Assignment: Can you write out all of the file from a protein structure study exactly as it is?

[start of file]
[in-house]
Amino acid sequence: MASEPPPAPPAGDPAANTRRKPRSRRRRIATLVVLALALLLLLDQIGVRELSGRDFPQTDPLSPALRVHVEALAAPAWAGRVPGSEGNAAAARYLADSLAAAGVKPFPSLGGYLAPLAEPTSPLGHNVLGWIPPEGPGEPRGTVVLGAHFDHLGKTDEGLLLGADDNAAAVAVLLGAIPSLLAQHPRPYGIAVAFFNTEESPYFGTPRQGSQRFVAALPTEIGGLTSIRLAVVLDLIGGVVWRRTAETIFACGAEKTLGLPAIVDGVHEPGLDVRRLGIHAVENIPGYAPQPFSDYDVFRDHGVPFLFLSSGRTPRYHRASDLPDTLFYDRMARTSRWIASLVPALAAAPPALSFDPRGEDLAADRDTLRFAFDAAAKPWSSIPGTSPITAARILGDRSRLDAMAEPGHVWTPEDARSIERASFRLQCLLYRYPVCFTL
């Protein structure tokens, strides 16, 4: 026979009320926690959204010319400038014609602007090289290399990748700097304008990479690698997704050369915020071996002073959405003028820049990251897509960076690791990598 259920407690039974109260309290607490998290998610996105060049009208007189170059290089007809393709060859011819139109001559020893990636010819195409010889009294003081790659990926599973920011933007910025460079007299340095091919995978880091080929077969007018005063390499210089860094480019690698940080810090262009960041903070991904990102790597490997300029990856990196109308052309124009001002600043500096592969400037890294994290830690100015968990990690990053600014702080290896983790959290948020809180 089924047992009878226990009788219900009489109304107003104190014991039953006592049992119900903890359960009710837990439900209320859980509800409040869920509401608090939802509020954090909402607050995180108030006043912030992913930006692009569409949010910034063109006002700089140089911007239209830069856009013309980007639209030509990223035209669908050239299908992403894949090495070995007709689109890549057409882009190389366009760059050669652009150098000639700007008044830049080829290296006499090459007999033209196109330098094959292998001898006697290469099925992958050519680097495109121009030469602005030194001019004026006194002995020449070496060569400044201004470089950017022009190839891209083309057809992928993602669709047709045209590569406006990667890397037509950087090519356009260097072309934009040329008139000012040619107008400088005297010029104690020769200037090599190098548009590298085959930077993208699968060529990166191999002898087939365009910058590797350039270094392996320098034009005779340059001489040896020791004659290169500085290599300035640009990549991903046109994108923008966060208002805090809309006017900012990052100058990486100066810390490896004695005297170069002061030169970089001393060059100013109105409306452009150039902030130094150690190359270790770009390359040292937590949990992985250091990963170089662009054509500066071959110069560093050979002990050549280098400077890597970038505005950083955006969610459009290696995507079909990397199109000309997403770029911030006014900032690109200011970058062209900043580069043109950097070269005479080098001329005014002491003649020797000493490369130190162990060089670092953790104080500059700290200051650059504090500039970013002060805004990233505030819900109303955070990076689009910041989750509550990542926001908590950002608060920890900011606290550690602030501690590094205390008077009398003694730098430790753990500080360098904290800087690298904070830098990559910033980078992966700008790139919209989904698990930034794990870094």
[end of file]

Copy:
[in-house]
Amino acid sequence: MASEPPPAPPAGDPAANTRRKPRSRRRRIATLVVLALALLLLLDQIGVRELSGRDFPQTDPLSPALRVHVEALAAPAWAGRVPGSEGNAAAARYLADSLAAAGVKPFPSLGGYLAPLAEPTSPLGHNVLGWIPPEGPGEPRGTVVLGAHFDHLGKTDEGLLLGADDNAAAVAVLLGAIPSLLAQHPRPYGIAVAFFNTEESPYFGTPRQGSQRFVAALPTEIGGLTSIRLAVVLDLIGGVVWRRTAETIFACGAEKTLGLPAIVDGVHEPGLDVRRLGIHAVENIPGYAPQPFSDYDVFRDHGVPFLFLSSGRTPRYHRASDLPDTLFYDRMARTSRWIASLVPALAAAPPALSFDPRGEDLAADRDTLRFAFDAAAKPWSSIPGTSPITAARILGDRSRLDAMAEPGHVWTPEDARSIERASFRLQCLLYRYPVCFTL
């Protein structure tokens, strides 16, 4: 026979009320926690959204010319400038014609602007090289290399990748700097304008990479690698997704050369915020071996002073959405003028820049990251897509960076690791990598 259920407690039974109260309290607490998290998610996105060049009208007189170059290089007809393709060859011819139109001559020893990636010819195409010889009294003081790659990926599973920011933007910025460079007299340095091919995978880091080929077969007018005063390499210089860094480019690698940080810090262009960041903070991904990102790597490997300029990856990196109308052309124009001002600043500096592969400037890294994290830690100015968990990690990053600014702080290896983790959290948020809180 089924047992009878226990009788219900009489109304107003104190014991039953006592049992119900903890359960009710837990439900209320859980509800409040869920509401608090939802509020954090909402607050995180108030006043912030992913930006692009569409949010910034063109006002700089140089911007239209830069856009013309980007639209030509990223035209669908050239299908992403894949090495070995007709689109890549057409882009190389366009760059050669652009150098000639700007008044830049080829290296006499090459007999033209196109330098094959292998001898006697290469099925992958050519680097495109121009030469602005030194001019004026006194002995020449070496060569400044201004470089950017022009190839891209083309057809992928993602669709047709045209590569406006990667890397037509950087090519356009260097072309934009040329008139000012040619107008400088005297010029104690020769200037090599190098548009590298085959930077993208699968060529990166191999002898087939365009910058590797350039270094392996320098034009005779340059001489040896020791004659290169500085290599300035640009990549991903046109994108923008966060208002805090809309006017900012990052100058990486100066810390490896004695005297170069002061030169970089001393060059100013109105409306452009150039902030130094150690190359270790770009390359040292937590949990992985250091990963170089662009054509500066071959110069560093050979002990050549280098400077890597970038505005950083955006969610459009290696995507079909990397199109000309997403770029911030006014900032690109200011970058062209900043580069043109950097070269005479080098001329005014002491003649020797000493490369130190162990060089670092953790104080500059700290200051650059504090500039970013002060805004990233505030819900109303955070990076689009910041989750509550990542926001908590950002608060920890900011606290550690602030501690590094205390008077009398003694730098430790753990500080360098904290800087690298904070830098990559910033980078992966700008790139919209989904698990930034794990870094």